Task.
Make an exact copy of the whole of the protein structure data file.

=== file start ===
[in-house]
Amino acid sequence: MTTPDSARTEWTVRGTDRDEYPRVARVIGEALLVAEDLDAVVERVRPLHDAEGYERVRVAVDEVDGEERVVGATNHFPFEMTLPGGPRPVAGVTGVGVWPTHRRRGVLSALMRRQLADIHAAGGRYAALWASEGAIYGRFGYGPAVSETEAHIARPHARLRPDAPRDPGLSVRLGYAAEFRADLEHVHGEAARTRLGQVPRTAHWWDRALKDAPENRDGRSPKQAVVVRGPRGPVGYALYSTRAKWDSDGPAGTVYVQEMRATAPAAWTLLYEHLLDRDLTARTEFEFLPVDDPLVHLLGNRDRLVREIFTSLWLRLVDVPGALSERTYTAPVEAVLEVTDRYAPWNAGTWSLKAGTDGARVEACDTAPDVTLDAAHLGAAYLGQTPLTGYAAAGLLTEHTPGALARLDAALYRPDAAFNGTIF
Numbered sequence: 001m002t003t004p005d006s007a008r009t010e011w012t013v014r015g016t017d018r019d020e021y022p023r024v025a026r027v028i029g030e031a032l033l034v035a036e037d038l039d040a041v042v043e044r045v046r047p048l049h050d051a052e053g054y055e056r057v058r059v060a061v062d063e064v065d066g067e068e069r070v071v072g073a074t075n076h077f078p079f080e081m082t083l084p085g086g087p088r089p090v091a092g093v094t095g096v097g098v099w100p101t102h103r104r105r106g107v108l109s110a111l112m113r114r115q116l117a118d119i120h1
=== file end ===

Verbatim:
[in-house]
Amino acid sequence: MTTPDSARTEWTVRGTDRDEYPRVARVIGEALLVAEDLDAVVERVRPLHDAEGYERVRVAVDEVDGEERVVGATNHFPFEMTLPGGPRPVAGVTGVGVWPTHRRRGVLSALMRRQLADIHAAGGRYAALWASEGAIYGRFGYGPAVSETEAHIARPHARLRPDAPRDPGLSVRLGYAAEFRADLEHVHGEAARTRLGQVPRTAHWWDRALKDAPENRDGRSPKQAVVVRGPRGPVGYALYSTRAKWDSDGPAGTVYVQEMRATAPAAWTLLYEHLLDRDLTARTEFEFLPVDDPLVHLLGNRDRLVREIFTSLWLRLVDVPGALSERTYTAPVEAVLEVTDRYAPWNAGTWSLKAGTDGARVEACDTAPDVTLDAAHLGAAYLGQTPLTGYAAAGLLTEHTPGALARLDAALYRPDAAFNGTIF
Numbered sequence: 001m002t003t004p005d006s007a008r009t010e011w012t013v014r015g016t017d018r019d020e021y022p023r024v025a026r027v028i029g030e031a032l033l034v035a036e037d038l039d040a041v042v043e044r045v046r047p048l049h050d051a052e053g054y055e056r057v058r059v060a061v062d063e064v065d066g067e068e069r070v071v072g073a074t075n076h077f078p079f080e081m082t083l084p085g086g087p088r089p090v091a092g093v094t095g096v097g098v099w100p101t102h103r104r105r106g107v108l109s110a111l112m113r114r115q116l117a118d119i120h1